In part 1 of this article, we looked at some relationships between market-cap weighting and momentum strategy. Here, we will explore “momentum” further.
Measuring the Market’s Momentum
Whether or not market-cap weighting captures momentum depends in part on how you define momentum. Few would argue that markets don’t experience momentum. But that doesn’t mean that the market itself is a momentum strategy.
The most common measures of momentum anchor on price changes. They look for the stocks whose prices have been going up (or down) the fastest. The most widely accepted measure of momentum in academia looks at returns over the past 12 months, excluding the most recent month (because returns over the past month have a tendency to reverse over the next month). The academic momentum factor (MOM) goes long those stocks showing the strongest positive momentum and shorts those showing the strongest negative information.
Exhibit 4 contains the results of a handful of regression analyses I ran to assess whether the market, proxied by Vanguard Total Stock Market Index, exhibits any evidence of exposure to the academic momentum factor. The first row represents the regression results for the period from January 2003 through December 2019 using the standard academic definitions of the market, size, value, and momentum. As you can see (and as I said before), the market is the market. This regression shows that the Vanguard fund showed no significant exposure to any of these nonmarket factors during this period. Of course, I’ve regressed a market proxy against the market itself here, so the result is unsurprising.
But what if we define the market differently? The second and fourth rows of Exhibit 4 contain the results for a pair of regressions where I swapped in a pair of different market measures: the MSCI All Country World Index and the S&P 500 Equal Weighted Index. Using the former can give us a sense of whether the U.S. market has shown momentum versus the broader global stock market. The latter can tell us something about whether weighting stocks by market cap introduces a momentum tilt. The regression result using the ACWI as a market proxy shows a touch of momentum in the mix, though it is statistically insignificant. The regression that uses the equal-weighted S&P 500 as a market measure shows a modest and statistically significant loading to momentum, perhaps lending some credence to the argument that market-cap weighting is a closet momentum strategy.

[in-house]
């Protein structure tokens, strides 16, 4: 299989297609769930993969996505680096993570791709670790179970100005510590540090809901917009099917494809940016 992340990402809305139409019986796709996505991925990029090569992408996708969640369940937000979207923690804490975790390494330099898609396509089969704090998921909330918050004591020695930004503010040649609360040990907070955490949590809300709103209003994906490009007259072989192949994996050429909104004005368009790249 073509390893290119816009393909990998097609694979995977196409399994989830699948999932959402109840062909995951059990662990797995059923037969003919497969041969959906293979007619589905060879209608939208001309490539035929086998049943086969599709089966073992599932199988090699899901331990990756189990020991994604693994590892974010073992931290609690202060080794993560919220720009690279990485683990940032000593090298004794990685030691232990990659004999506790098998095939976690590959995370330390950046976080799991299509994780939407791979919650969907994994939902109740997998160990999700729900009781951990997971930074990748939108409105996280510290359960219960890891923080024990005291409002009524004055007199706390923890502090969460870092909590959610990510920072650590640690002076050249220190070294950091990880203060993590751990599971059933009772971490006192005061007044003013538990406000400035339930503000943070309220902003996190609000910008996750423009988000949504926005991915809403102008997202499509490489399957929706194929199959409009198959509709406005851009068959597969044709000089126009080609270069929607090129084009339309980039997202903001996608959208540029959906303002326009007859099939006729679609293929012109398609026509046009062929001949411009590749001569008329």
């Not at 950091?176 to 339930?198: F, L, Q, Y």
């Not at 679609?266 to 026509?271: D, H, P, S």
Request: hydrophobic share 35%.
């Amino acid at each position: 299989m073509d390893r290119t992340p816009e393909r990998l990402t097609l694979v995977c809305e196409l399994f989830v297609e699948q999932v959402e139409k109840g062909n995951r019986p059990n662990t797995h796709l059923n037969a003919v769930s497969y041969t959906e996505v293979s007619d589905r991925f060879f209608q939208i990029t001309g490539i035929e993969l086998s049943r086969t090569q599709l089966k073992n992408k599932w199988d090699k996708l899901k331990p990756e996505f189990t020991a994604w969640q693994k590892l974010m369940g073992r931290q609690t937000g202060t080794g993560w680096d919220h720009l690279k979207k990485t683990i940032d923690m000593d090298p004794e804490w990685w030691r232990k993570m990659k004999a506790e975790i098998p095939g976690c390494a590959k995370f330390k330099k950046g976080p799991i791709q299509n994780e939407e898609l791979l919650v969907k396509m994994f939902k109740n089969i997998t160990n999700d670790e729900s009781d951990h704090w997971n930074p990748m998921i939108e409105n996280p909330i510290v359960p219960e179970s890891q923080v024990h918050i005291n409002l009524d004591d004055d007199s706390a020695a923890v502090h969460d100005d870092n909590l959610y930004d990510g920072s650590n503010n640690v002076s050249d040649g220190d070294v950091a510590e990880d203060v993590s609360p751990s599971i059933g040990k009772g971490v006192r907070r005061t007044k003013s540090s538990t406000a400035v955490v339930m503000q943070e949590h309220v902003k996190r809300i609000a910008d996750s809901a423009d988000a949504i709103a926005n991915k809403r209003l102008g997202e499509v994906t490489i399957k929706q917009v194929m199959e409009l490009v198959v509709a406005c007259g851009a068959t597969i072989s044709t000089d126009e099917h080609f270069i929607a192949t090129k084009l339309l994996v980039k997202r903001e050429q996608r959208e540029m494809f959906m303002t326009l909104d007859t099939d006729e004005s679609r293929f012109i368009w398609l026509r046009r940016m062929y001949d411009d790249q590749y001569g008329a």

These regression results will vary across time periods. The third and fifth rows in Exhibit 4 show the Vanguard fund’s factor loadings as measured against the ACWI and equal-weighted indexes, respectively, from the market’s post-crisis trough through the end of 2019. In this case, both regressions show a statistically significant loading to the standard momentum factor.
Does this further bolster the notion that market-cap weighting is a momentum strategy? Maybe. There’s no changing the fact that the two are definitionally different. The market is the market. Momentum strategies own a smaller subset of the market, weight stocks by measures other than price, and turn over far more frequently. As you can see in the final row of Exhibit 4, a more-focused momentum strategy (as represented here by the MSCI USA Momentum Index) will likely show a far greater weighting to the standard momentum factor. Aside from definitional differences, there are more fundamental questions about momentum that need to be addressed before reaching a verdict.
More recent research on momentum has linked the phenomenon to fundamentals. In a 2015 research paper, Robert Novy-Marx uncovers the explanatory power of earnings momentum, as proxied by earnings surprises. He concludes, “After controlling for fundamentals, past performance does not provide significant additional information regarding expected returns. Fundamentally, momentum is fundamental momentum.”
Framing momentum as a factor of fundamentals makes the case for market-cap weighting being a momentum strategy far more compelling. Over long horizons, market-cap-weighted indexes will naturally accord greater weightings to stocks that have sound fundamentals and lower weightings to those whose earnings are declining. The characteristics of market-cap weighting outlined above will therefore naturally track the market’s earnings cycle (see Exhibit 5). Couched in terms of fundamentals, I think that there is a strong case to be made for market-cap weighting being a momentum strategy.
Market-cap weighting is a form of momentum strategy—just not in the way that many think. Under certain circumstances, a cap-weighted index can show slight loadings to the standard academic definition of price momentum, but that’s insufficient evidence. The case becomes much stronger when we link the manner in which market-cap-weighted indexes evolve over a market cycle back to fundamentals. In my opinion, fundamentally, market-cap weighting is, more intuitively, a means of leveraging fundamental momentum.
 Novy-Marx, R. 2015. “Fundamentally, Momentum is Fundamental Momentum.“ NBER Working Paper No. 20984. https://rnm.simon.rochester.edu/research/ FMFM.pdf